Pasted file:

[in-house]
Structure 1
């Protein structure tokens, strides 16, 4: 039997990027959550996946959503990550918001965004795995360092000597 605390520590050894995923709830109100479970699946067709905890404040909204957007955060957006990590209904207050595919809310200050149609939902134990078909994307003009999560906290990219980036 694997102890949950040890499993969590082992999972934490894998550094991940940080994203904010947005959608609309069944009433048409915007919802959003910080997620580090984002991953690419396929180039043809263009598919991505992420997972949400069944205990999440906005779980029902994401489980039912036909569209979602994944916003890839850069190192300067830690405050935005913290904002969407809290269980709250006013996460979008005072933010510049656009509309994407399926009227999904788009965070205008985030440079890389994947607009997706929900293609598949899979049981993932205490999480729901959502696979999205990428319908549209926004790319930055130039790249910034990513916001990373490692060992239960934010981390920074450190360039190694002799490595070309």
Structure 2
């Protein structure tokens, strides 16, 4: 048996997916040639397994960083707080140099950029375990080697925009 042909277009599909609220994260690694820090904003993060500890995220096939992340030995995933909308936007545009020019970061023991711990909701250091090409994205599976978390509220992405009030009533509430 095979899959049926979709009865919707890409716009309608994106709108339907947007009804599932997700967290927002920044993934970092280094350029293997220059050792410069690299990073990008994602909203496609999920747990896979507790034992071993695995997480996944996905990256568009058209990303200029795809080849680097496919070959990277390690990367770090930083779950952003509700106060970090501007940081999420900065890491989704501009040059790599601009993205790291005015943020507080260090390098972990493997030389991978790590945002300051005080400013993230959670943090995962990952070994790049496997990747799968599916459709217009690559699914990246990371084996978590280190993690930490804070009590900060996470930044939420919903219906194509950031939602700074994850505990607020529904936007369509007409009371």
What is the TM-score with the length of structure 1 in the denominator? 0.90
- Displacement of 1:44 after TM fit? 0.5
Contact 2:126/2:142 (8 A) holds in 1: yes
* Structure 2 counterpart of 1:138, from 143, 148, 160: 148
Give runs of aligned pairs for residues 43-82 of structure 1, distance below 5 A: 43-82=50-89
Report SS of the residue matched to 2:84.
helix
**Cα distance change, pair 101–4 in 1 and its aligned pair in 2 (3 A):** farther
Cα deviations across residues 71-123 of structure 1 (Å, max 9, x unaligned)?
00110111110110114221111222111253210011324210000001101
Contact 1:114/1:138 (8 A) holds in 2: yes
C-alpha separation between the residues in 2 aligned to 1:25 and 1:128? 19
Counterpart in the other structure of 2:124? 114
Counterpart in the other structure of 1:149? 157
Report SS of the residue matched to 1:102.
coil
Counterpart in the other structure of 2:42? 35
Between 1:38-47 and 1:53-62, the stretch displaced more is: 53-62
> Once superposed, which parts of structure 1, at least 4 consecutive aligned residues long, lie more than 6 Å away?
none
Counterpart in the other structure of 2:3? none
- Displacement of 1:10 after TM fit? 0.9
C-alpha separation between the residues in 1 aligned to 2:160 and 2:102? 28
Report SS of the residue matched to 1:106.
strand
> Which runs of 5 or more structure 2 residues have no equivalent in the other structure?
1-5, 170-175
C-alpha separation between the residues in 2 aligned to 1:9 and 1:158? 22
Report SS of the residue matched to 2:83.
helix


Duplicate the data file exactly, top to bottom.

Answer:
[in-house]
Structure 1
């Protein structure tokens, strides 16, 4: 039997990027959550996946959503990550918001965004795995360092000597 605390520590050894995923709830109100479970699946067709905890404040909204957007955060957006990590209904207050595919809310200050149609939902134990078909994307003009999560906290990219980036 694997102890949950040890499993969590082992999972934490894998550094991940940080994203904010947005959608609309069944009433048409915007919802959003910080997620580090984002991953690419396929180039043809263009598919991505992420997972949400069944205990999440906005779980029902994401489980039912036909569209979602994944916003890839850069190192300067830690405050935005913290904002969407809290269980709250006013996460979008005072933010510049656009509309994407399926009227999904788009965070205008985030440079890389994947607009997706929900293609598949899979049981993932205490999480729901959502696979999205990428319908549209926004790319930055130039790249910034990513916001990373490692060992239960934010981390920074450190360039190694002799490595070309």
Structure 2
């Protein structure tokens, strides 16, 4: 048996997916040639397994960083707080140099950029375990080697925009 042909277009599909609220994260690694820090904003993060500890995220096939992340030995995933909308936007545009020019970061023991711990909701250091090409994205599976978390509220992405009030009533509430 095979899959049926979709009865919707890409716009309608994106709108339907947007009804599932997700967290927002920044993934970092280094350029293997220059050792410069690299990073990008994602909203496609999920747990896979507790034992071993695995997480996944996905990256568009058209990303200029795809080849680097496919070959990277390690990367770090930083779950952003509700106060970090501007940081999420900065890491989704501009040059790599601009993205790291005015943020507080260090390098972990493997030389991978790590945002300051005080400013993230959670943090995962990952070994790049496997990747799968599916459709217009690559699914990246990371084996978590280190993690930490804070009590900060996470930044939420919903219906194509950031939602700074994850505990607020529904936007369509007409009371």
What is the TM-score with the length of structure 1 in the denominator? 0.90
- Displacement of 1:44 after TM fit? 0.5
Contact 2:126/2:142 (8 A) holds in 1: yes
* Structure 2 counterpart of 1:138, from 143, 148, 160: 148
Give runs of aligned pairs for residues 43-82 of structure 1, distance below 5 A: 43-82=50-89
Report SS of the residue matched to 2:84.
helix
**Cα distance change, pair 101–4 in 1 and its aligned pair in 2 (3 A):** farther
Cα deviations across residues 71-123 of structure 1 (Å, max 9, x unaligned)?
00110111110110114221111222111253210011324210000001101
Contact 1:114/1:138 (8 A) holds in 2: yes
C-alpha separation between the residues in 2 aligned to 1:25 and 1:128? 19
Counterpart in the other structure of 2:124? 114
Counterpart in the other structure of 1:149? 157
Report SS of the residue matched to 1:102.
coil
Counterpart in the other structure of 2:42? 35
Between 1:38-47 and 1:53-62, the stretch displaced more is: 53-62
> Once superposed, which parts of structure 1, at least 4 consecutive aligned residues long, lie more than 6 Å away?
none
Counterpart in the other structure of 2:3? none
- Displacement of 1:10 after TM fit? 0.9
C-alpha separation between the residues in 1 aligned to 2:160 and 2:102? 28
Report SS of the residue matched to 1:106.
strand
> Which runs of 5 or more structure 2 residues have no equivalent in the other structure?
1-5, 170-175
C-alpha separation between the residues in 2 aligned to 1:9 and 1:158? 22
Report SS of the residue matched to 2:83.
helix